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Hell Dorado: Painting a Blessed Warrior

6 Minute Read
Aug 31 2011

So I finally finished the Warmachine projects I had on my painting table and was able to move on to my latest venture: my Hell Dorado Saracens.
I went with some fairly safe color choices, picking tones that I thought would fit the subject well. Mostly Earth tones with some nice blue accents.

I started, as I usually do with the skin tones. My gradation here is somewhat similar to the one from my Lord Carver painting article, but with less emphasis on pinks and more on oranges and browns.
The basecoat is Scorched Brown, mixed with Tanned Flesh and some Liche Purple.

The first highlight layer is the same as the previous color but with more tanned flesh.

I begin to add vomit Brown to the mix for the third highlight.

Now more Vomit Brown and some Elf Flesh is added.

The final skin highlight is just a very thin layer of Kommando Khaki. As some of you may know, this particualr color is very translucent. This means it works well to lighten the area while still allowing some of the previous layer to show through. With the skin finished I moved on to the blue cloth. The base coat is Shadow Gray mixed with just a bit of Enchanted Blue.

Here’s the breakdown of the blues.

The first highlight layer is the initial basecoat with some Ice Blue mixed in.

Then its Ice blue mixed with a little bit of Vallejo Somber Gray. Pure Ice Blue was just a little too… well… blue, so I toned it down a bit.

The next highlight is just the previous color with some Space Wolves Gray mixed in with it. Then to finish it off, I give a few areas a final highlight of pure Space Wolves Gray. Then I move on to some of the other cloth pieces starting them off with Graveyard earth. I shade the recesses with some of the skin basecoat from before since that little bit of purple mixed into it will go nicely against the yellow tone I have planned for this area of cloth.

And speaking of yellow, Desert Yellow is the next highlight.


Then its Kommando Khaki again for the final cloth highlight. I want the final cloth areas to be a nice earthy white, so I basecoat them with Dheneb Stone.

I shade the recesses with Devlan Mud, and begin highlighting with Bleached bone.

Then its Bleached Bone mixed with Skull White.

Then a little bit of pure Skull White for the final highlights.

Then paint the sword.

But seriously, I was trying out some new techniques on this guy so capturing wip shots just didn’t happen. Basically whats going on is I’m trying to use some NMM styles with actual metallic paints. I started by painting the entire sword with Chainmail. Then I gradually blended that into a darker area of Chainmail mixed with Chaos Black, with Mithril Silver used as the lightest color in the gradient. Both Slo-Dry Blending medium and flow improver were essential in making the metallic paint something I could actually manipulate and blend with. The sword as you see it here was actually the very last thing I did. As I got closer to the end of painting this guy I grew more and more unsatisfied with my first attempt and did the whole thing over.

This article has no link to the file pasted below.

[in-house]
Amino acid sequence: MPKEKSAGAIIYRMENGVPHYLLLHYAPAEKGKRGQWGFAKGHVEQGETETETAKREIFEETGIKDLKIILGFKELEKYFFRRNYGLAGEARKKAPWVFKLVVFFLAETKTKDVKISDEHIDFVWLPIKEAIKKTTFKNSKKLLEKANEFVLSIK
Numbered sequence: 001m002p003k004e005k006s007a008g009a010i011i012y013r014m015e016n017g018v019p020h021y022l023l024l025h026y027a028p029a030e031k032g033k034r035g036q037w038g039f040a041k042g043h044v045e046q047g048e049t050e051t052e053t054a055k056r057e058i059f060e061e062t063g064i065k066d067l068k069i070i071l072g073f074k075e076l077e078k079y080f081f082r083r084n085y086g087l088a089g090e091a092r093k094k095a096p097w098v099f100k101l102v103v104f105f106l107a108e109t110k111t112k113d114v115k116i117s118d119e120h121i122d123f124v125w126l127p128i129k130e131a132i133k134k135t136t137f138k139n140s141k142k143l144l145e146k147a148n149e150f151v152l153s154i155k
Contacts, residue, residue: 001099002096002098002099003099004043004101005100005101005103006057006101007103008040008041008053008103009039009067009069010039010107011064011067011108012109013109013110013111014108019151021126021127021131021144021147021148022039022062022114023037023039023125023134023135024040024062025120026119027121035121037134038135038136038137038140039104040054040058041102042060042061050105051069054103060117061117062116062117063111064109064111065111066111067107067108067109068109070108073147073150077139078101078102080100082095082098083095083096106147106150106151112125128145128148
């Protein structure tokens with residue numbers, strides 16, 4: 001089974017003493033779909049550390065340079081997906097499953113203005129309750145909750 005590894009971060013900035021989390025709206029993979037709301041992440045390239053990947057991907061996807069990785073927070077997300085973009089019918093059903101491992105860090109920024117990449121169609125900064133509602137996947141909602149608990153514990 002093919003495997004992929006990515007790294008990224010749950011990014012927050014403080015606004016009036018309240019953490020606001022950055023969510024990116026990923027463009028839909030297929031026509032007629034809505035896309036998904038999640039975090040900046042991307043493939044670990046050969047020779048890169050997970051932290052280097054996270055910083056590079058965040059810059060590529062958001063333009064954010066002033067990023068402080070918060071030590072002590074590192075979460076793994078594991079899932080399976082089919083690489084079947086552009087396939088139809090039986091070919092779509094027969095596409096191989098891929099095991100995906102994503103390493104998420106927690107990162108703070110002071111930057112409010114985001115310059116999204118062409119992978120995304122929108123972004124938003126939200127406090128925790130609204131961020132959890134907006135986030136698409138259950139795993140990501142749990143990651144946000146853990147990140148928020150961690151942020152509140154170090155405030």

With the sword out of the way I move onto the leather areas. I start with Scorched Brown washed with Devlan Mud.

I begin highlighting with Snakebite Leather mixed with Scorched Brown.

Next is pure Snakebite Leather.


Then I paint each one of those annoying little stitches with Dheneb Stone. Then wash the areas again with Devlan Mud.

I add a few final highlights of Snakebite and go over the stitches with Bleached Bone. Then the areas I will paint gold get a layer of Iyanden Darksun.

Just like with the sword, the gold areas on this guy were my attempts at pinning down a new technique. Here, rather than use blending medium and more painterly blending methods, I tried multiple applications of a wash I mixed by adding just a little bit of green ink to some of our good friend Devlan Mud. I painted the whole shield Burnished Gold then covered the entire area with the aforementioned wash. I reapplied the Burnished gold to some of the higher up areas that would be catching the most light. For the shaded areas on the bottom of the shield, I added a few more layers of the ink in successive stages. With each new application I covered less area and tried to make sure only deeper and deeper recesses got ink. By alternating inks, and highlights I was able to pick out the details pretty well. But as you may be able to tell from some of the thicker looking areas of paint, I still haven’t quite mastered this yet.

Then all that was left was to paint the beard and base him. Unsurprisingly the beard started with a black base coat which was highlighted up using some of the the same darker blues from the cloth. The I washed it with… you guessed it… Devlan Mud. Then I pinned him to one of the custom bases I made for these guys. I decided my Saracens would be in the midst of exploring a more Doom-y/Silent Hill-y heavy industrial part of Hell. I really like how out of place they seem on these bases.

And here are some of his friends painted using the same techniques.

~So once I’ve got the rest of the Warband finished (it should be done by the time you read this) I plan on playing some games and reporting in to let you know how Hell Dorado plays. I’ve also got some more Hell Dorado painting articles planned so keep your eyes peeled.

Ben Williams
  • HOBBY: Painting Gold